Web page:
The government of Ukraine said Tuesday that it was a Russian officer who shot down Malaysian Airlines Flight 17. Meanwhile, a refrigerated train carrying the remains of many of the 298 victims arrived at an arms industry plant in the city of Kharkiv, a staging spot before shipping the remains to various countries across the globe for identification and burial.
The director of Ukraine’s information security, Vitaly Nayda, said that the person who pulled the trigger was “absolutely” a Russian. He said that the person had to be a well-educated officer, well-equipped and trained by Russians.
Moscow flatly denies allegations that it did the deed. In fact, one Russian Army General, Andrei Kartapolov, has openly speculated that the plane was destroyed by a Ukrainian jet fighter. Petro Poroshenko, the President of Ukraine, countered that no Ukrainian aircraft were in the sky at the time the airliner was shot down.
Nayda says that Ukrainian intelligence is in possession of recorded conversations in which a detailed report is provided to a Russian officer several minutes before MH17 was shot down. According to Nayda, the communication told the officer that the plane was coming and with a constant speed and direction. The recording has not been released and thus cannot be confirmed.
The Russian ambassador to the United Nations, Vitaly Churkin, indicated that if the plane was indeed brought down by pro-Russian rebels that it would have been a mistake. If it was a mistake, he said, then those who had operated the missile launcher were confused. “If it was confusion,” he says, “it was not an act of terrorism.” Rebels have consistently denied being involved in the attack.
Alexander Borodai, a rebel leader, said that at this point what is taking place is an information war, insisting that his forces were not in possession of technology that could have destroyed the airplane. “Ukrainians are not interested in the truth,” he said.
U.S. Senator John McCain of Arizona, who serves on the Emerging Threats and Capabilities subcommittee of the Senate Armed Services Committee, said that there is overwhelming evidence that Russia was involved. Whether or not an actual Russian officer pulled the trigger, he said, “I guarantee you it’s (Putin’s) people who trained these people.”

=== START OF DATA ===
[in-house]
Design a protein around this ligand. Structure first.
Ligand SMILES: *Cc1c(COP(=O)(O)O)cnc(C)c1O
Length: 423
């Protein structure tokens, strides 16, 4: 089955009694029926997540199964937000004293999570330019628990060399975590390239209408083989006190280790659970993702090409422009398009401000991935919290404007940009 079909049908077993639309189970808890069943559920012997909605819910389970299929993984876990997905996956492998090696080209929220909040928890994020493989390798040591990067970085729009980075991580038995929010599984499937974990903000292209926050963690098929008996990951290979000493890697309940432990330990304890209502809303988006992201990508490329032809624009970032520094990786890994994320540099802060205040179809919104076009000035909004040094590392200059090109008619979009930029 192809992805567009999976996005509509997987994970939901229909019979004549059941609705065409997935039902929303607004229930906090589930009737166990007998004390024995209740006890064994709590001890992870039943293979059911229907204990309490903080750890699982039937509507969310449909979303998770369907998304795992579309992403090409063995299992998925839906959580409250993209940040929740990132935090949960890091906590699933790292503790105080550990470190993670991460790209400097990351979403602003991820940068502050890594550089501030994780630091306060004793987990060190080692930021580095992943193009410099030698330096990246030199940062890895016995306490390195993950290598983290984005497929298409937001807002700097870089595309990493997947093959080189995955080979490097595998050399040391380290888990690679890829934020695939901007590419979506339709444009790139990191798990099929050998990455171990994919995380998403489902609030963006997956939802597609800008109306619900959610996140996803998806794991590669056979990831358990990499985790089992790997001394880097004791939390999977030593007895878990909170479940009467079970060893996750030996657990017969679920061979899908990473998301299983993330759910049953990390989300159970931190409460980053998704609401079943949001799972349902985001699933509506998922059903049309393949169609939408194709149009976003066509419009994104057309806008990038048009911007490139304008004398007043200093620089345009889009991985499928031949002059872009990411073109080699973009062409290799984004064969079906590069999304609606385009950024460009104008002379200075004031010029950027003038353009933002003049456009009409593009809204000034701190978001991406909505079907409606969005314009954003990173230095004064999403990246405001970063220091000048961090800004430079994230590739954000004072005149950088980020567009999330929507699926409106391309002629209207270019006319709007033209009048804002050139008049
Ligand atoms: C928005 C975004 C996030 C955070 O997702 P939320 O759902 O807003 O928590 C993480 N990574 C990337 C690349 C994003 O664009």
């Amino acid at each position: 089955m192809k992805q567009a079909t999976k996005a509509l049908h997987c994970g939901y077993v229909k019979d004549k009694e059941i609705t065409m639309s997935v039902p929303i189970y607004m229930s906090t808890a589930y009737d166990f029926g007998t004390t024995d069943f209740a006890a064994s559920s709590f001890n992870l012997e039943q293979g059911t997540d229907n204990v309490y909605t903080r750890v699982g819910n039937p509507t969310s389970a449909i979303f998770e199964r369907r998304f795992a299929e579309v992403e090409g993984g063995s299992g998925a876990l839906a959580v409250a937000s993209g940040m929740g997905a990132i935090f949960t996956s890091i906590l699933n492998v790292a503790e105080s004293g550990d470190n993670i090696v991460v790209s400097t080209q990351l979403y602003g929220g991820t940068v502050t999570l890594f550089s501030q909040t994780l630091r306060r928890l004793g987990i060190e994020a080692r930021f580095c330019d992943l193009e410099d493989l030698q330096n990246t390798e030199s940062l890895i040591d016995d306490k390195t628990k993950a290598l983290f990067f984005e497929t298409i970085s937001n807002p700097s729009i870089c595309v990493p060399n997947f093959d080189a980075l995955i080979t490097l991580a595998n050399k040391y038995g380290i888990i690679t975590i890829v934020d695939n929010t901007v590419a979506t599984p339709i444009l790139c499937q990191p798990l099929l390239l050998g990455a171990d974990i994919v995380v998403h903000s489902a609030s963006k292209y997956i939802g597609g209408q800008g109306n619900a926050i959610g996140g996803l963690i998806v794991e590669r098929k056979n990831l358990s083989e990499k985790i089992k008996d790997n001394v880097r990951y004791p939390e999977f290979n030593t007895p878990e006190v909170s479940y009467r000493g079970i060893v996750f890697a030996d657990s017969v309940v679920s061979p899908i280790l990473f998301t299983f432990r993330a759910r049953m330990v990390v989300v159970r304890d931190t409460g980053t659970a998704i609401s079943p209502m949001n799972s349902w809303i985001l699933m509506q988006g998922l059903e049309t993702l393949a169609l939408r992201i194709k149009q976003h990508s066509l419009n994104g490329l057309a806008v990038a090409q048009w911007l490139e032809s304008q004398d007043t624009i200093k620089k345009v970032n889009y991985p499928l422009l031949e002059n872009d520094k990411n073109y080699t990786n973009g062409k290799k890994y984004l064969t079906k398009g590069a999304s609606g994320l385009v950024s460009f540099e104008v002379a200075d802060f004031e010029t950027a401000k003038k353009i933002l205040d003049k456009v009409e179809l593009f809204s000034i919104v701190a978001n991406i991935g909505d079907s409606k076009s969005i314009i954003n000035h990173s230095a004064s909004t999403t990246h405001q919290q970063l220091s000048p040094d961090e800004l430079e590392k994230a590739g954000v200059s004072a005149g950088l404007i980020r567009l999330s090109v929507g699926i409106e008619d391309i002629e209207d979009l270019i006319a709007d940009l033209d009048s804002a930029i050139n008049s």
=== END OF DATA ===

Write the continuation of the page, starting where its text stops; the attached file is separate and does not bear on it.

Madeleine Albright, a former U.S. Secretary of State said that Putin has been lying, putting forward “disgusting discussions” and generally promoting propaganda around the subject. In 1995, when Albright was the U.S. ambassador to the United Nations, she forwarded evidence to that body’s Security Council of a massacre in Srebrenica. She now wants the United States to do the same thing regarding MH17, believing this is how “Putin’s lies” can be countered in the public sphere. Analysts for U.S. intelligence agencies are examining information from various sources, including social media and intercepted phone calls, to see what role Russia had in the downing.
The majority of people on board were from The Netherlands. Mark Rutte, the Prime Minister of Holland, expects the first plane carrying the remains to arrive in his country on Wednesday. He warned that although the remains of some of the victims could be identified quickly, others could take months.
In light of the possibility that a Russian officer was the one who shot down MH17 over Ukraine, Rutte was asked whether new sanctions against Russia were now possible. He replied in the affirmative, saying that “something fundamental” has now changed since the incident. “And as far as the Netherlands is concerned, all options are now on the table: economic, financial and political.”
By Gregory Baskin